GST resulted in the elimination of other kinds of taxes and charges such as Value Added Tax (VAT), octroi, customs duty, Central Value Added Tax (CENVAT), as well as customs and excise taxes. The products or services that are not taxed under GST are electricity, alcoholic drinks, and petroleum products. These are taxed as per the previous tax regime by the individual state governments.

3. Other taxes

Other taxes are minor revenue generators and are small cess taxes. The various sub-categories of other taxes are as follows:

  • Property tax: This is also called Real Estate Tax or Municipal Tax. Residential and commercial property owners are subject to property tax. It is used for the maintenance of some of the fundamental civil services. Property tax is levied by the municipal bodies based in each city.
  • Professional tax: This employment tax is levied on those who practice a profession or earn a salaried income such as lawyers, chartered accountants, doctors, etc. This tax differs from state to state. Not all states levy professional tax.
  • Entertainment tax: This is tax that is levied on television series, movies, exhibitions, etc. The tax is levied on the gross collections from the earnings. Entertainment tax also referred as amusement tax.
  • Registration fees, stamp duty, transfer tax: These are collected in addition to or as a supplement to property tax at the time of purchasing a property.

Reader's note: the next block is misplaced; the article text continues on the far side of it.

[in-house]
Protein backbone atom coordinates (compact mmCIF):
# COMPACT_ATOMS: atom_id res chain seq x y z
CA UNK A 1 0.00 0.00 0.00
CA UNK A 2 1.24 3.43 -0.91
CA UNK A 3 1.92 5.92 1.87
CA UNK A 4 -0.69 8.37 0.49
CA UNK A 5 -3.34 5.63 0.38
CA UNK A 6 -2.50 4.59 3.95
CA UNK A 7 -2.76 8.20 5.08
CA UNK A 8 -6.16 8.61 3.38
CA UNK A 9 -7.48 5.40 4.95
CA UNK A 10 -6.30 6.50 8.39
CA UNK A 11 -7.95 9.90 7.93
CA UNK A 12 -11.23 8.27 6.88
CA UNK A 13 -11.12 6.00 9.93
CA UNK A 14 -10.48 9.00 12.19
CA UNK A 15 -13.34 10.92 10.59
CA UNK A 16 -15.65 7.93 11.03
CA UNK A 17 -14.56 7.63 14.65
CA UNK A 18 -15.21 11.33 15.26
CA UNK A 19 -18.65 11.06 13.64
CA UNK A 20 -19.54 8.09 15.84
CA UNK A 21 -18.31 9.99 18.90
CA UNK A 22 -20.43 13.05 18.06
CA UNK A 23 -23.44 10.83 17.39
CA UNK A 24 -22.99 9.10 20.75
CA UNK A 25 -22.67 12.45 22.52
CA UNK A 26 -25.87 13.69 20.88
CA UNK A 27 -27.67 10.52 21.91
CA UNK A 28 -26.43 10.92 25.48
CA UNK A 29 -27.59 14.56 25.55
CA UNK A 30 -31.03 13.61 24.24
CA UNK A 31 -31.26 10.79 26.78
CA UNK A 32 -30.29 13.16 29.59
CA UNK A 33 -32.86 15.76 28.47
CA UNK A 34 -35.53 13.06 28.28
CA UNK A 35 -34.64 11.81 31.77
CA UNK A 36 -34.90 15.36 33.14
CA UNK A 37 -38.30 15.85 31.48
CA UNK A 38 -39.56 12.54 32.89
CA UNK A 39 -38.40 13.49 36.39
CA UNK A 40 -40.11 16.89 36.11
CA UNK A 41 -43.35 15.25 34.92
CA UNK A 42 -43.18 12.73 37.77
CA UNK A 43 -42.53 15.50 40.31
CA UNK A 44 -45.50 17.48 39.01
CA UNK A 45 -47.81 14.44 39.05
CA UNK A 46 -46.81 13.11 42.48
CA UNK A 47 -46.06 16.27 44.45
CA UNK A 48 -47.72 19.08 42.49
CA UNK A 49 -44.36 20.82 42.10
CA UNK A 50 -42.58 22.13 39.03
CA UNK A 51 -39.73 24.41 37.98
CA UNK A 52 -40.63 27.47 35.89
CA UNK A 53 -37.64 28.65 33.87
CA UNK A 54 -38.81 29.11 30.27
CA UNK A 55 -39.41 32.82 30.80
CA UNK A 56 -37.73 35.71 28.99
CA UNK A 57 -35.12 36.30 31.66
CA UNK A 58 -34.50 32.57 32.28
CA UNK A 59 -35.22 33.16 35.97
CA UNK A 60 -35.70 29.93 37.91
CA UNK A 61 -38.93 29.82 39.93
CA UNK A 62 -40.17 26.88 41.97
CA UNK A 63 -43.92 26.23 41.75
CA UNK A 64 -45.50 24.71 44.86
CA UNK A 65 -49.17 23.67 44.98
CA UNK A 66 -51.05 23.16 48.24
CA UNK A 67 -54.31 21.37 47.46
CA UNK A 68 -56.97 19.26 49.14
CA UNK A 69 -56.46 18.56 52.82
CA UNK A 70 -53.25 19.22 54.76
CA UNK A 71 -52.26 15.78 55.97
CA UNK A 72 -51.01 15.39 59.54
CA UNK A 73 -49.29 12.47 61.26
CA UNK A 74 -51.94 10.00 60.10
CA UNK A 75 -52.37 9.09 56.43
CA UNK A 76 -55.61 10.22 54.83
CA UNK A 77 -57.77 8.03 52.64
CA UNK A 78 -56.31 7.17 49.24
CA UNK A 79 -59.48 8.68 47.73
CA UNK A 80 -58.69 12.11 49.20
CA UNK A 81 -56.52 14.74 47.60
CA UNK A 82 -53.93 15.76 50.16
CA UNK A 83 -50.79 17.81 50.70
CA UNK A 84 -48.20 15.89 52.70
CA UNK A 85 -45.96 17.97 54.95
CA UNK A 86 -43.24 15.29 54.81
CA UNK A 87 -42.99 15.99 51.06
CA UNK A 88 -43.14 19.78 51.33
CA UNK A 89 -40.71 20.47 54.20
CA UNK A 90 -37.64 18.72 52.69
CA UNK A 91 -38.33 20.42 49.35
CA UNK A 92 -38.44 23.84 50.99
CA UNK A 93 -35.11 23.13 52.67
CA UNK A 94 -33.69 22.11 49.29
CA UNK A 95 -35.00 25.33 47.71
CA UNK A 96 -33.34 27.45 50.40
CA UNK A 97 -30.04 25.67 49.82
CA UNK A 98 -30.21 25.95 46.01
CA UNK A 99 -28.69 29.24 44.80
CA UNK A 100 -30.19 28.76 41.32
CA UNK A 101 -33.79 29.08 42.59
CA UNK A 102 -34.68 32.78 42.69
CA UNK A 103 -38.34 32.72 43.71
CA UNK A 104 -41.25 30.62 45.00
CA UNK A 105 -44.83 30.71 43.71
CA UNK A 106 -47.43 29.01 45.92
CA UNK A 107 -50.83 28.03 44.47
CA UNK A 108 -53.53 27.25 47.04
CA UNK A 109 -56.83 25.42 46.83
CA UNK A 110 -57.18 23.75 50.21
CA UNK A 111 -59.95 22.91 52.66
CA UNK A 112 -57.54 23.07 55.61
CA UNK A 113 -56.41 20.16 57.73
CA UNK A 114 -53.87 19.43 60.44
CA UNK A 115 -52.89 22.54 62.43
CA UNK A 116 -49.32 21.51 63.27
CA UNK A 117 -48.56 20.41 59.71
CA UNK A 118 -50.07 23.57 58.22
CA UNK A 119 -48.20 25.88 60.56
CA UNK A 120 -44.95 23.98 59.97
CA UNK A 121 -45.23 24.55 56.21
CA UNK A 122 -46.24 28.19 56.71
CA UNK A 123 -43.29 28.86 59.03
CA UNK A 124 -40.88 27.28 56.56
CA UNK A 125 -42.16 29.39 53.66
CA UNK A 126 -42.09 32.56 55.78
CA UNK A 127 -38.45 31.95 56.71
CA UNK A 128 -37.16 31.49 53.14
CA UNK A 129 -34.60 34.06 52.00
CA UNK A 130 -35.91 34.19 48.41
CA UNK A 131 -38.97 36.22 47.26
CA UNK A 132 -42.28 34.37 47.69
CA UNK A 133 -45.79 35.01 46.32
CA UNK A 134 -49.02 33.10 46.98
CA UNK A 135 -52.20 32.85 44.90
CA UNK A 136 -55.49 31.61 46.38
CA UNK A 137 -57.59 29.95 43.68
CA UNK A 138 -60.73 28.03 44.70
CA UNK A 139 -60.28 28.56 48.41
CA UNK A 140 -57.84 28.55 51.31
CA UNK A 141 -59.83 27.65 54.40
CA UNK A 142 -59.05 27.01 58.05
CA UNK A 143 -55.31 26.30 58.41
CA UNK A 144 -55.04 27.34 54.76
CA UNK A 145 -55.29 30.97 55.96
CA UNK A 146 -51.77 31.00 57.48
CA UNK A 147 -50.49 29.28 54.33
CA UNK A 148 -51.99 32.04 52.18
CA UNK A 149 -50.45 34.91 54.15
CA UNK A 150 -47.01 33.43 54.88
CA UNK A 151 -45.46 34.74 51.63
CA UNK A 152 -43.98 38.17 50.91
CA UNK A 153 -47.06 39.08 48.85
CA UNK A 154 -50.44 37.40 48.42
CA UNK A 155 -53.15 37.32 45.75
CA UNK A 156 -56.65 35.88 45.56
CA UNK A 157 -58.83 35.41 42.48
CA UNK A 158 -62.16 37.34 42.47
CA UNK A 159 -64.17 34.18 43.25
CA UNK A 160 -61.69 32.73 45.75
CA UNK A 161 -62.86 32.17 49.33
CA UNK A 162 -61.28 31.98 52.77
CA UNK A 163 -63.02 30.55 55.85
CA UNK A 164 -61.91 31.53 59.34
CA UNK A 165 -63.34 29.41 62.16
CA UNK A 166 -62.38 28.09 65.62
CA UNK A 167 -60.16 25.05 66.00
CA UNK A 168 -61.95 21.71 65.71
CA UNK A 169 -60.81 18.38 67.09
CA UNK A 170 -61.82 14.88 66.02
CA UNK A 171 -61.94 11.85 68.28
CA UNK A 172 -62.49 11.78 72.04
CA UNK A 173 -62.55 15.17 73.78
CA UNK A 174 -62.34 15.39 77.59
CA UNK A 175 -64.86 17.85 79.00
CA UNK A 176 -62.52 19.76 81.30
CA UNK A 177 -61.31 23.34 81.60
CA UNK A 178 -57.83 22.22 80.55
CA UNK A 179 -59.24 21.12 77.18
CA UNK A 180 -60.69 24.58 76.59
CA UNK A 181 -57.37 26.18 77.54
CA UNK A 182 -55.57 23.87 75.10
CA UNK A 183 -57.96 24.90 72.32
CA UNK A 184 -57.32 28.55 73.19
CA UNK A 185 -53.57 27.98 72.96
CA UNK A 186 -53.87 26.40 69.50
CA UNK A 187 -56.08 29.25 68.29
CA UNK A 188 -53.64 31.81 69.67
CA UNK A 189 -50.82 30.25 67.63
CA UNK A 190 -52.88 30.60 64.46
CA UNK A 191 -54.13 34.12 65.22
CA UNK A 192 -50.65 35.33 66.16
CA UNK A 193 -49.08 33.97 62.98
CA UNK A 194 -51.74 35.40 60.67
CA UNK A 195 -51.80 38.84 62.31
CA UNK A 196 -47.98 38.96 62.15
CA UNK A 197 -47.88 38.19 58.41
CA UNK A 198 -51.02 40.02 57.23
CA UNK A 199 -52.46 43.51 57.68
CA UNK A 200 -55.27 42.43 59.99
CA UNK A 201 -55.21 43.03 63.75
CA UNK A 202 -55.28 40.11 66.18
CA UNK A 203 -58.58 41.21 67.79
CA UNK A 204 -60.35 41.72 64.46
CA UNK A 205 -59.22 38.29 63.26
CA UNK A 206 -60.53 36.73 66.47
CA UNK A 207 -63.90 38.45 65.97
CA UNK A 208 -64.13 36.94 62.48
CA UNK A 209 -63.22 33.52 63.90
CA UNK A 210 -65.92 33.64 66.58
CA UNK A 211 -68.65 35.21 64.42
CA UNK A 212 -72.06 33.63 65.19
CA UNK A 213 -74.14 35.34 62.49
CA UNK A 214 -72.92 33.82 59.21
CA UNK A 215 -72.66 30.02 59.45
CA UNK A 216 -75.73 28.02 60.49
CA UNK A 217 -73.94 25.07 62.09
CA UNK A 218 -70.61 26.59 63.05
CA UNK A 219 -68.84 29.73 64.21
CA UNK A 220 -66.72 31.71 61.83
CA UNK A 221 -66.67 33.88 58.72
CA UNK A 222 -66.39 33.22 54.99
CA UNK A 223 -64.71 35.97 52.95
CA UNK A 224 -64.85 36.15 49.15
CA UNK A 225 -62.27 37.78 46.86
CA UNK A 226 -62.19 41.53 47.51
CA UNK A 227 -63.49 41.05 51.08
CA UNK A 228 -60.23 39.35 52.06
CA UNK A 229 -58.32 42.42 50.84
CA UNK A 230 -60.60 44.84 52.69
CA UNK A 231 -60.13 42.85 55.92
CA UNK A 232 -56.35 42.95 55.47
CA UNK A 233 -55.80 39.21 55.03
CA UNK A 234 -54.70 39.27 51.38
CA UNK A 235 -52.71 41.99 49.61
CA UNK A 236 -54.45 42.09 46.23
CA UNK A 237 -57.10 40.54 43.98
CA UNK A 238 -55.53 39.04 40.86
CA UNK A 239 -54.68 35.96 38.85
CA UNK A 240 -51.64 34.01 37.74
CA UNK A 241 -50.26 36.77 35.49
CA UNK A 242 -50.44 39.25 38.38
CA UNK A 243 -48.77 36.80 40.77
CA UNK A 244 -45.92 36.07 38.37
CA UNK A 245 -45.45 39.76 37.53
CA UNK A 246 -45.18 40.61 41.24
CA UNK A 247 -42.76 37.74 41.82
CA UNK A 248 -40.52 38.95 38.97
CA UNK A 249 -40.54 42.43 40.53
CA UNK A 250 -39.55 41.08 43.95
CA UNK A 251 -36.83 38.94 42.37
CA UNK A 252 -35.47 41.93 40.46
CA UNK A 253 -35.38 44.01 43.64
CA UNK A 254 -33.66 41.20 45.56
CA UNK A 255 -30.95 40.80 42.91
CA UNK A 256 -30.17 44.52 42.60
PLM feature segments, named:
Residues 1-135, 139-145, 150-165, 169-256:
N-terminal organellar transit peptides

• Education cess: This is levied to fund the educational programs launched and maintained by the government of India.
  • Entry tax: This is tax that is levied on the products or goods that enter a state, specifically through e-commerce establishments, and is applicable in the states of Delhi, Assam, Gujarat, Madhya Pradesh, etc.
  • Road tax and toll tax: This tax is used for the maintenance of roads and toll infrastructure.

Benefits of taxes

The purpose of taxes is to provide the government with funds for spending without inflation. Taxes are used by the government for a variety of purposes, some of which are:

  • Funding of public infrastructure
  • Development and welfare projects
  • Defense expenditure
  • Scientific research
  • Public insurance
  • Salaries of state and government employees
  • Operation of the government